๐—ช๐—ต๐—ฎ๐˜ ๐—ถ๐˜€ ๐—ด๐—ฒ๐—น๐—ฎ๐˜๐—ถ๐—ป + ๐˜„๐—ต๐˜† ๐—ถ๐˜€ ๐—ถ๐˜ ๐˜€๐—ผ ๐—ด๐—ผ๐—ผ๐—ฑ ๐—ณ๐—ผ๐—ฟ ๐—ผ๐˜‚๐—ฟ ๐—ต๐—ฒ๐—ฎ๐—น๐˜๐—ต?

Gelatin is the cooked form of collagen, found in animal bones, skin and connective tissue. Gelatin contains lots of amino acids, which is why it has so many health benefits.

Our bodies naturally produce collagen, but as we age, we produce less – research shows our natural collagen production begins to decline by 1% from age 20!

When we eat a meat-free diet and even just standard muscle meats without utilising the joints, bones, skin and offal we miss out on a huge amount of collagen in the diet that our skin, gut, muscles, etc need for optimal function. Consuming pure gelatin powder, from a good source, is a great way to supplement in a whole-food way, to boost collagen intake easily and regularly.

It’s said adults need around 4tbsp gelatin in their day and if we’re not consuming bone broth, slow cooked meats on the bone, chewing the cartilage around the bones, and eating offal then we’re definitely not getting even close to that dose.

So why do we need gelatin in our diet?

– collagen is the structural protein that helps maintain skin elasticity and keep your skin looking smooth, plump, and supple
– improves hair and nail strength
– repairs the gut lining and helps with digestion (it’s actually needed WITH meat consumption to help with digestion)
– strengthens and protects joints and bones
– boosts immunity
– reduces inflammation
– helps balance hormones
– provides essential protein without the bulking-up effect
– can reduce cellulite
– strengthens teeth
– aids in the body’s natural detox process
– improves sleep
– helps us feel full quicker, for longer, when eating

That’s a long list!

Gelatin truly is a superfood and it’s a staple in our kitchen.

Gelatin for healthy joints

Gelatin contains natural collagen which helps strengthen and secure the tissues in our joints. Plenty of research has studied the impact of gelatin as a treatment for bone and joint problems like osteoarthritis, having a positive effect on joint mobility issues and pain. The best source of this is bone broth as the nutrients in animal bones and joints (such as beef) are the SAME as in human bones and joints! More to come on this later but gelatin powder as a substitute is fantastic.

In summary, the benefits of gelatin for joints and bones are:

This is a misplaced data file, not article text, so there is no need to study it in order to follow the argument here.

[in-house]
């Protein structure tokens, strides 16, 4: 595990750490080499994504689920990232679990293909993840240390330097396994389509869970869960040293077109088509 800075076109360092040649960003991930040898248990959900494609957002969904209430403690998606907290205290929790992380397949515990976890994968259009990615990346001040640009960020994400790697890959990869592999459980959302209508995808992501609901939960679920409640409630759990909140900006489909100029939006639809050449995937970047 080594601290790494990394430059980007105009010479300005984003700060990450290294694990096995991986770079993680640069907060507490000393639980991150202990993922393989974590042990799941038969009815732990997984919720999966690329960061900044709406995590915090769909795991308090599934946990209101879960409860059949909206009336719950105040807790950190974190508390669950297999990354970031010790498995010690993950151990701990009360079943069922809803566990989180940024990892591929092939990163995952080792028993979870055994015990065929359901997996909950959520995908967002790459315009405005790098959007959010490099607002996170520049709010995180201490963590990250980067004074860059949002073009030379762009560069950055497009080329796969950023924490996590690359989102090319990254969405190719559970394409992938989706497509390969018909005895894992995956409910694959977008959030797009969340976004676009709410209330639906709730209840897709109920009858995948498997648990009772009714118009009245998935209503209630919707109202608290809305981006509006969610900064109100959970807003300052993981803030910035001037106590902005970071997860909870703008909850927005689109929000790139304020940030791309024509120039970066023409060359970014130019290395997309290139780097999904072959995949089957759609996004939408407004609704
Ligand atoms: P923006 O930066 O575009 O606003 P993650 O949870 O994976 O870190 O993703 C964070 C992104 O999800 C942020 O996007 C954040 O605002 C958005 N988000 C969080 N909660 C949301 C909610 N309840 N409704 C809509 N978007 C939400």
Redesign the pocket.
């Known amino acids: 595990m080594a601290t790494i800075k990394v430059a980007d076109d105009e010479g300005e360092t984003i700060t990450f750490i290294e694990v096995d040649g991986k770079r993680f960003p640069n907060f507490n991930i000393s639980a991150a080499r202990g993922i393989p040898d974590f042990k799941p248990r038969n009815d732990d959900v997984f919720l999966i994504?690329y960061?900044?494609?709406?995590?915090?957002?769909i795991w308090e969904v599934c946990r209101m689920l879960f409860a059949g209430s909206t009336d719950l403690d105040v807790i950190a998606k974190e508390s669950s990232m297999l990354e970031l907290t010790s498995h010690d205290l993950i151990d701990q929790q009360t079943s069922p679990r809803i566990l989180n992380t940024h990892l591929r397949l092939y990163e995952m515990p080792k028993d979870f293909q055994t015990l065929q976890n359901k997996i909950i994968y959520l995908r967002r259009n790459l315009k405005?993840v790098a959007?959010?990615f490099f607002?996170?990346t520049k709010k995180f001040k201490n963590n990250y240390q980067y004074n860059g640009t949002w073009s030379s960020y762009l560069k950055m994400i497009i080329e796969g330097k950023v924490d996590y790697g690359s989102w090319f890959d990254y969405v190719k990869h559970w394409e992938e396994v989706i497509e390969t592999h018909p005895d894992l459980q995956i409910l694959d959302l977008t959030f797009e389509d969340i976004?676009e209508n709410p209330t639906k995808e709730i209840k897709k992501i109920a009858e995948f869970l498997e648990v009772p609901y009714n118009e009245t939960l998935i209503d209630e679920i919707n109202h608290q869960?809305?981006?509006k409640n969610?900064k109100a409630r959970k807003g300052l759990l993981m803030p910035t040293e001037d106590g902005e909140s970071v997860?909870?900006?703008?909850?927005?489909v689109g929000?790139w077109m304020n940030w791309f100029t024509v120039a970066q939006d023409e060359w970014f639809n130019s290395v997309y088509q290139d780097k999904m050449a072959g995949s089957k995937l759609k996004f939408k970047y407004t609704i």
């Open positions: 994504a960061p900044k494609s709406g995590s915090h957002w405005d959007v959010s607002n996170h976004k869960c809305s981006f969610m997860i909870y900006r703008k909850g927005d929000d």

• Stimulating joint cartilage cell growth.
  • Increasing mobility and range of movement
  • Reducing inflammation joint pain
  • Strengthening and improving the condition of skin, hair & nails
  • Maintaining joint integrity
  • Restoring joint mobility

I can say this is all 100% true as I’ve had a really bad lower back since 1999 but really weak bones since birth. With a degenerated intervertebral disc between L4 and L5 which gave me years of daily debilitating chronic pain, to have become almost totally pain-free after two weeks of drinking bone broth daily and using bone broth and gelatin ever since, I’m an example of how poor eating and nutrient deficiency causes major health problems and then how it can be turned around with good eating and lifestyle changes.

The two main types of gelatin

1. Gelling gelatin powder: dissolves in hot water, makes jelly-type foods, contains collagen and other goodness.

2. Hydrolysed collagen powder – processed to extract the gelatin but leave the collagen and amino acids. Doesn’t gel but easily dissolves in most liquids (cold, room temp and warm).

Watch our YouTube videos ‘What is gelatin + why you should be consuming it‘ and ‘The different types of gelatin explained‘ for loads more info.

How to source good quality gelatin and collagens

Basically.. avoid commercial packets of jelly crystals and jelly products and opt for packets of pure grass-fed beef gelatin and collagen powders.

The different types of gelatin explained” there used to be only 3 varieties of good gelatin you could you could buy, and they were only from America, now there are loads of kinds, including lots of Aussie brands, but it can be a bit confusing! Jelly crystal and jelly products in the shops are full of absolute CR*P inflammatory ingredients and gelatin from really dodgy sources.

Yes the gelatin might be made using trotters and other animal off-cuts, but that’s not what’s wrong with them (offal is where gelatin comes from, it’s a good thing to use all of an animal, no waste!). The problem is how the animals were raised. It’s best for us, the animal and the environment to source gelatin products raised GRASS-FED and when possible, ORGANICLY.

Plenty of Aussie companies are now sourcing good quality ingredients to make gelatin (gelling) powder and hydrolysed (collagen) powders. And many even include other ‘healthy’ ingredients like green powders, aloe vera and more. But in my opinion simple is always best. PURE powders along with eating simple wholefoods (meat, veg, eggs, fat etc) are going to provide the most health benefits and save you from over-spending. Health food stores (physical/online) sell various pure beef gelatin powders now, as do few supermarkets. Read labels and look for grass-fed or organic powders.

Some hydrolysed collagen powders even target different parts of the body specifically. We love these! A local company we use makes these and explained to us how they process the collagen, it’s super simple and not an example of ‘bad’ processed foods at all. Stock the pantry with the gelling gelatin powders to make yummy jelly-type foods, and a full spectrum collagen powder to dissolve into liquids or a variety of different collagens depending on your health needs.

How we use gelatin + collagen powders every day at home